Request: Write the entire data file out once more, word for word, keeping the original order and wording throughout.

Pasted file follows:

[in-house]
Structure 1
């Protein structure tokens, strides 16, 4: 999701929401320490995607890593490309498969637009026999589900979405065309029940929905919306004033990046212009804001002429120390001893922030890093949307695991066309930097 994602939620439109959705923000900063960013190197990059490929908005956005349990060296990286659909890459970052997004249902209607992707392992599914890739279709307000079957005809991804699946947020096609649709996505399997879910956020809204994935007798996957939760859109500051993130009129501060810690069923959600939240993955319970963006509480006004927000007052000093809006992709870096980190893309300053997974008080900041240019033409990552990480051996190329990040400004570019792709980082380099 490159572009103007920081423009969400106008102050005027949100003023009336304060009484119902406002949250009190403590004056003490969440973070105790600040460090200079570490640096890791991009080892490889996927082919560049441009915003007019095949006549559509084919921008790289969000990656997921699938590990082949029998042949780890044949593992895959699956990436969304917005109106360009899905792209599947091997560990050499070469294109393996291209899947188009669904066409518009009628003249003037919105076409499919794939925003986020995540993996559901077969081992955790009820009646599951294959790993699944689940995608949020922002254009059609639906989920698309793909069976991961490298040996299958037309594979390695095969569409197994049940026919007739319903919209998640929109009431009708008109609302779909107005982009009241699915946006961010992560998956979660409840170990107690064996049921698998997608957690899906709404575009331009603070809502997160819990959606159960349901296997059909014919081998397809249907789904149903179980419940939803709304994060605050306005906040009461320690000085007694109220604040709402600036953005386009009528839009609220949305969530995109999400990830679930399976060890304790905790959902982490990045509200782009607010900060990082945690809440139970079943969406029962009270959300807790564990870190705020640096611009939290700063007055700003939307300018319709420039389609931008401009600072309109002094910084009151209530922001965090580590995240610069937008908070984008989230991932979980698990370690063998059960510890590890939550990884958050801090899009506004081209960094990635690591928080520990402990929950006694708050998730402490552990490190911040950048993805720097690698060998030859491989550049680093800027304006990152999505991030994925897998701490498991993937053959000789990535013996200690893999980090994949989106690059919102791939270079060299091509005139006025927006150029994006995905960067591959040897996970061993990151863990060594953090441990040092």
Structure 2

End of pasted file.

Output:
[in-house]
Structure 1
């Protein structure tokens, strides 16, 4: 999701929401320490995607890593490309498969637009026999589900979405065309029940929905919306004033990046212009804001002429120390001893922030890093949307695991066309930097 994602939620439109959705923000900063960013190197990059490929908005956005349990060296990286659909890459970052997004249902209607992707392992599914890739279709307000079957005809991804699946947020096609649709996505399997879910956020809204994935007798996957939760859109500051993130009129501060810690069923959600939240993955319970963006509480006004927000007052000093809006992709870096980190893309300053997974008080900041240019033409990552990480051996190329990040400004570019792709980082380099 490159572009103007920081423009969400106008102050005027949100003023009336304060009484119902406002949250009190403590004056003490969440973070105790600040460090200079570490640096890791991009080892490889996927082919560049441009915003007019095949006549559509084919921008790289969000990656997921699938590990082949029998042949780890044949593992895959699956990436969304917005109106360009899905792209599947091997560990050499070469294109393996291209899947188009669904066409518009009628003249003037919105076409499919794939925003986020995540993996559901077969081992955790009820009646599951294959790993699944689940995608949020922002254009059609639906989920698309793909069976991961490298040996299958037309594979390695095969569409197994049940026919007739319903919209998640929109009431009708008109609302779909107005982009009241699915946006961010992560998956979660409840170990107690064996049921698998997608957690899906709404575009331009603070809502997160819990959606159960349901296997059909014919081998397809249907789904149903179980419940939803709304994060605050306005906040009461320690000085007694109220604040709402600036953005386009009528839009609220949305969530995109999400990830679930399976060890304790905790959902982490990045509200782009607010900060990082945690809440139970079943969406029962009270959300807790564990870190705020640096611009939290700063007055700003939307300018319709420039389609931008401009600072309109002094910084009151209530922001965090580590995240610069937008908070984008989230991932979980698990370690063998059960510890590890939550990884958050801090899009506004081209960094990635690591928080520990402990929950006694708050998730402490552990490190911040950048993805720097690698060998030859491989550049680093800027304006990152999505991030994925897998701490498991993937053959000789990535013996200690893999980090994949989106690059919102791939270079060299091509005139006025927006150029994006995905960067591959040897996970061993990151863990060594953090441990040092």
Structure 2